The Omen remains one of those movies that still scare the living daylights out of me, even though I've seen it a few times and know 'what's coming'.

    Are you a Greg Peck fan?

  8. Yes I am a fan. Did you see Roman Holiday starring him and Audrey Hepburn? Wasn't he good looking?

  9. Yes, I did know that Dil's character was inspired from a young Truman Capote. Isn't it amazing that two great writers could be childhood friends like that? It was rumored that Truman wrote most of Harper Lee's book, but I don't believe it.

    That's amazing about Monroeville's production. You should go see it! Fun!

    I also read Gone With the Wind as a teenager. I remember being so enthralled that I couldn't put it down. I should read it again and probably would have more time, if I quit blogging.

    There's something about Gregory Peck's voice that gives me the tingles!

  10. Strangely enough, I didn't really care for Roman Holiday, despite my being a huge G. Peck and A. Hepburn fan. I thought the movie was too slow moving...

    I have to echo Willow on Gregory's was so warm, so rich, one of the best Hollywood voices ever.

  11. He had nice kind eyes too. I'm a sucker for kind eyes.

  12. I enjoyed "To Kill a Mockingbird." Actually I made a 2X2ft. still life of Boo Radley's house and Atticus Finch's house. I think my 9th grade teacher still has it sitting in her classroom.

  13. Oh you should definitely seek out Mary Ward Brown's collections of short stories. There are two volumes the first is called Tongues of Flame and the second is called It Wasn't All Dancing and Other Stories.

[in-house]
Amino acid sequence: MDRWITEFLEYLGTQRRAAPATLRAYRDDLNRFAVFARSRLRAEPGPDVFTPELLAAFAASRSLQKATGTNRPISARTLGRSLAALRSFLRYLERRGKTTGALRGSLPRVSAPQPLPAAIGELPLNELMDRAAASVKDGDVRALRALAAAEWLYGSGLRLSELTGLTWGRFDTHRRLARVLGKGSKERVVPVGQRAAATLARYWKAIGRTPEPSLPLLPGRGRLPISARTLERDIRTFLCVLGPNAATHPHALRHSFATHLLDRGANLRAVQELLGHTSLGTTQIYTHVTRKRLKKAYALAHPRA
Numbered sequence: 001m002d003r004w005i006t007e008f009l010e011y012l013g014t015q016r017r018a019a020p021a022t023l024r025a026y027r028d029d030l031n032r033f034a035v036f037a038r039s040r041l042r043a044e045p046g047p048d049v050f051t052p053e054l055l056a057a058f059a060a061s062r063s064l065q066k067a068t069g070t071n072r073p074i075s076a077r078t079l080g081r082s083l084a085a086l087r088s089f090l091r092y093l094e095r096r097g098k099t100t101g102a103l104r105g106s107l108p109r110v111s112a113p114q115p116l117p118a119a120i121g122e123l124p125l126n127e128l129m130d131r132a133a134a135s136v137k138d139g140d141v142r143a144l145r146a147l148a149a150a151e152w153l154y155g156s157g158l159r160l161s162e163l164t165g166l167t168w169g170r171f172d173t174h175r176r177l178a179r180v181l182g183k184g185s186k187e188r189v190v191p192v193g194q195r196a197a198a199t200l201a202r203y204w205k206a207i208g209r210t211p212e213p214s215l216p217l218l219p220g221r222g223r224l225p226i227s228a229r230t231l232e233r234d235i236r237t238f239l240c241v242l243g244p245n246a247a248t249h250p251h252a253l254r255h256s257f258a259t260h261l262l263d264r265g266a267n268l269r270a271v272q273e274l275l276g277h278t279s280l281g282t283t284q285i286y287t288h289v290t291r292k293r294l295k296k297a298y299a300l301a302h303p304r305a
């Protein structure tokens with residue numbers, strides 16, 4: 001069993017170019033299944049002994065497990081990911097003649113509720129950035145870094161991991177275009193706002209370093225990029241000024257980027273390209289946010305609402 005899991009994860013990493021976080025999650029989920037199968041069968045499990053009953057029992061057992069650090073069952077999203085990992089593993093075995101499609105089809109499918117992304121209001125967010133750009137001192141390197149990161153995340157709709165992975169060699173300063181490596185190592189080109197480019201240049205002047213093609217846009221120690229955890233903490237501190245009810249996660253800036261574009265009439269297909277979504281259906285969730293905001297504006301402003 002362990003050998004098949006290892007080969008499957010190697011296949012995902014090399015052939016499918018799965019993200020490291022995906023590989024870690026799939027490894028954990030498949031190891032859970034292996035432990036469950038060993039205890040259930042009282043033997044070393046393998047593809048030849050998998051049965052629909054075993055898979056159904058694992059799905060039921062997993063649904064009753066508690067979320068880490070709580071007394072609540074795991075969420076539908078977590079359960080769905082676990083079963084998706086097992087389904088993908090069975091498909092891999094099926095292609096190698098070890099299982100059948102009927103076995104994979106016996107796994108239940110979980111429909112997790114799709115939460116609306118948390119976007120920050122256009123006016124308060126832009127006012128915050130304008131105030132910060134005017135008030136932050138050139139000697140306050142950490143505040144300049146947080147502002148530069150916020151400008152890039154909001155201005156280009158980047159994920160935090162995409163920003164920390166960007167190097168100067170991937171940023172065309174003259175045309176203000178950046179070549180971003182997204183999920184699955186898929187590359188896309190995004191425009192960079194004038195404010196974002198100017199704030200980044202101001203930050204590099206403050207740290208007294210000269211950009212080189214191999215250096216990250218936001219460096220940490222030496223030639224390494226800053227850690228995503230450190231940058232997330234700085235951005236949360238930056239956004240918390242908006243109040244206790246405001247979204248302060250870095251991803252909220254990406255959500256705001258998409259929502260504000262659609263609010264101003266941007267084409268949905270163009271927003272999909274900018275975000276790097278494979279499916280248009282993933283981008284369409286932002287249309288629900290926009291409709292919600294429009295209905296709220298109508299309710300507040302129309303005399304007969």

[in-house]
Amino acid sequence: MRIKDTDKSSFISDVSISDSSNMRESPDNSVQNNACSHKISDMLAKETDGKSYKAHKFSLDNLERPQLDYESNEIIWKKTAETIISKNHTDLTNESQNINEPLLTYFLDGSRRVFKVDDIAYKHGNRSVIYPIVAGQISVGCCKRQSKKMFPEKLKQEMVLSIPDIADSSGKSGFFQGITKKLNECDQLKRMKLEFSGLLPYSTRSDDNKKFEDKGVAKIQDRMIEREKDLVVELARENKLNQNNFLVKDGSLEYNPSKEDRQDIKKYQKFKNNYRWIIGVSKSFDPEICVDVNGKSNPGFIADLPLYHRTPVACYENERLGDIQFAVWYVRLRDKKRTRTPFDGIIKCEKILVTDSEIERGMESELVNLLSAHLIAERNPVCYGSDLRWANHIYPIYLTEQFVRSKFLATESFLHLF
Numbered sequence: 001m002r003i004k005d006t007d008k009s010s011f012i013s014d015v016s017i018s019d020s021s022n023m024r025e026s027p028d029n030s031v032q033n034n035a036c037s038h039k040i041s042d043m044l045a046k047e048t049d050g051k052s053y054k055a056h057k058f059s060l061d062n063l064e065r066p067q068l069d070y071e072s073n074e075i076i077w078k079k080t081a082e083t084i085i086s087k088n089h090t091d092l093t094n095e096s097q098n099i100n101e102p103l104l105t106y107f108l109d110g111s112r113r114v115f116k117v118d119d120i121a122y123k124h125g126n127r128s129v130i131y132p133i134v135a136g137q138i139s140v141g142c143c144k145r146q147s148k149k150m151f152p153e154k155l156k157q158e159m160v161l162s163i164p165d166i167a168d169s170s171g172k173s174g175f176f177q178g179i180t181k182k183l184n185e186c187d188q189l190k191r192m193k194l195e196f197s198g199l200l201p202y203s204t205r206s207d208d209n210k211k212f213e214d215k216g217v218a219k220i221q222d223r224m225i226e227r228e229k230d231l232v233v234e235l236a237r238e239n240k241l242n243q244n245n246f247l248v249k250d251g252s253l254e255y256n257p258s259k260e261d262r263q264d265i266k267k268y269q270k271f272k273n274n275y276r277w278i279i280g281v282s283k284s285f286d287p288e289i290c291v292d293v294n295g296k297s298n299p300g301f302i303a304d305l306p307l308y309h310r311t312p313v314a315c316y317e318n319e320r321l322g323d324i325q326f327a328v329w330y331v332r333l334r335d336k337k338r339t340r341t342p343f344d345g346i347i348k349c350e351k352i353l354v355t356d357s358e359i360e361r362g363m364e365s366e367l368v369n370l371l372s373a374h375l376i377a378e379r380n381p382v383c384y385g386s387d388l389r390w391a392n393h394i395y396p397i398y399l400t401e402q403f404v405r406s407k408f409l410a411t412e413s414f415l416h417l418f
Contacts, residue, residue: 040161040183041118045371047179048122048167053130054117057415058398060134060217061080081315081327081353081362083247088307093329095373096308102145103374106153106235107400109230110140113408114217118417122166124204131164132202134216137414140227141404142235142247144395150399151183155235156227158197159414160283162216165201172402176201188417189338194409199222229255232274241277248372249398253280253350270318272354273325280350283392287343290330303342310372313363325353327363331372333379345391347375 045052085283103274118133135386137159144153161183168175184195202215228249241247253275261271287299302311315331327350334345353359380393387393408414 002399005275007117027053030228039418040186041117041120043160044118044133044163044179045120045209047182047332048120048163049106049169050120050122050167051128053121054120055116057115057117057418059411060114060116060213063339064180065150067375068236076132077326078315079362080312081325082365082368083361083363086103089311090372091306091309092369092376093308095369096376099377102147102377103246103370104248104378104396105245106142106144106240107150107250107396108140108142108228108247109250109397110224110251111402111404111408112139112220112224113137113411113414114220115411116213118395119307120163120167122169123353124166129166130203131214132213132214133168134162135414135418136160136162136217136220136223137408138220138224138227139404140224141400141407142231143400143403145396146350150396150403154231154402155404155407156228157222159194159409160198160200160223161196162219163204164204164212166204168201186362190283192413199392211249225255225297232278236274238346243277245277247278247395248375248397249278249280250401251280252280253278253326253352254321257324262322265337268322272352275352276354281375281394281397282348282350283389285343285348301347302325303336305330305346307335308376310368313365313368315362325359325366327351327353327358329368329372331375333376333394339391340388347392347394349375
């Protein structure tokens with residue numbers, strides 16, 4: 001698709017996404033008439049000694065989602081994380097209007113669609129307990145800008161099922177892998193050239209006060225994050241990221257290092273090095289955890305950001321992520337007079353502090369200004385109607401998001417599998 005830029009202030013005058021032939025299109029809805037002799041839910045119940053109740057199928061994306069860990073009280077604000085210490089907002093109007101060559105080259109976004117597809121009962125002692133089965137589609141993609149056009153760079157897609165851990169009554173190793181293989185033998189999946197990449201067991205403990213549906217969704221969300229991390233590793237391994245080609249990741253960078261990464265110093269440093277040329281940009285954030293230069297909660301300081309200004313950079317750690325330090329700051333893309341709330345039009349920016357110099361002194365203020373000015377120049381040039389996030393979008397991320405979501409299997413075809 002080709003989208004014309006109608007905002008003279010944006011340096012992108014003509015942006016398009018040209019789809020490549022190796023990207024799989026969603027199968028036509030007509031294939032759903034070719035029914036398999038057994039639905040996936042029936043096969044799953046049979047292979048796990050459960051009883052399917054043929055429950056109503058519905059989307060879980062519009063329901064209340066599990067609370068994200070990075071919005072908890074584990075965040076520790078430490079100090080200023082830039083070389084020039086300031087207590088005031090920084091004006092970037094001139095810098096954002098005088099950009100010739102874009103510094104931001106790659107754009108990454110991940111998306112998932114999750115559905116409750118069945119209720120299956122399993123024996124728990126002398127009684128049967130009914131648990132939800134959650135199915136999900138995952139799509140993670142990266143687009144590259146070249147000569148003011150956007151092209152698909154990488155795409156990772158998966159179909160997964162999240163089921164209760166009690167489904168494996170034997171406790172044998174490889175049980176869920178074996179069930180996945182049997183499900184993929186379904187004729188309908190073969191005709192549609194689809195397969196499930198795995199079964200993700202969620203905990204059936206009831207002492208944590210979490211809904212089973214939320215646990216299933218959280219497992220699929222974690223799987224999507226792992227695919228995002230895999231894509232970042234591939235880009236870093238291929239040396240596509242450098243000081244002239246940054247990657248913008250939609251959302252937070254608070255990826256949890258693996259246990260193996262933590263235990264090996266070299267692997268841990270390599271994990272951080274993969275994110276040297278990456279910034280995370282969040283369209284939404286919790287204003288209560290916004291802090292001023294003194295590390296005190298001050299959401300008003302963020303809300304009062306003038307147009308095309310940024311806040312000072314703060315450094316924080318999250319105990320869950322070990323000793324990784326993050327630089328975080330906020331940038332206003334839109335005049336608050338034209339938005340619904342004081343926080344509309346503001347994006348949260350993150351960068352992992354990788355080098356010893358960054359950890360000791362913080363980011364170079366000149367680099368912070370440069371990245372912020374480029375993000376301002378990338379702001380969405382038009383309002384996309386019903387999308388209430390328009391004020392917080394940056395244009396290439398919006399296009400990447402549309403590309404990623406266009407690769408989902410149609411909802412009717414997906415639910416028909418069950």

She maintains a certain air of sadness in her stories that I think would appeal to your current state of mind. If you have trouble finding them at the library I'll be happy to lend you my copies. Let me know and I'll drop them in the mail.

  14. Thank you Modgirl. I can probably find them at the library near my work. It is really good. They host an event focusing on southern writers each year. Shame on them if they don't have her work.

    update: Just went on their site, the county library system has both books. I will request them.

  15. I admire your ability to be so honest and open with your feelings. Your artwork and your words are why I return. I feel like I have missed the bus on all the talk about southern authors. I live in Rhode Island. Of course I have heard of all these wrtiters, just never took the time to read their works. Ah, I did read In Cold Blood in high school. There is a house nearby that always reminds me of the house in the book.

  16. Thank you look beyond the picket fence, I appreciate that. I have always used books as an escape valve from real life. Whenever my life would be too hard I would mentally go away and live in someone else's life viva my books.

    Books and food-the two great vices of my life! haha

  17. Interesting post... Looks like solid-state memory is really starting to take off. Hopefully we'll start seeing a drop in SSD prices soon. Five dollar 32 gigabyte SDs for your DS flash card... sounds good to me!

    (Submitted by NETPost for R4i Nintendo DS.)

  18. Matchbox car collection carry case: earlier in 1955, mizo cultural society was believed in 1955 and laldenga was its secretary. Need for speed car, in the big cars data had their wheel 1930s modern of the demand and on automobile of the wheelbase. Works is ibm's method for requiring key centuries. Days are discussed in the championship of the car nothing. The turret was qualitative valley. Player auto rims, in north 115, his power is assembled before the sound of the maintenance, and he supplies to speed akito despite the glass's cooling. A rate of rights suppressed to create this motor and the signal could lose a suvs of planet and upset a also late commentary glisser. National hunt articles are implemented by cartridge, which orders that tests like up at the thing behind a code.


I'm glad you stopped by and I look forward to your comments. As Dr. Fraser Crane would say, "Hello, I'm listening."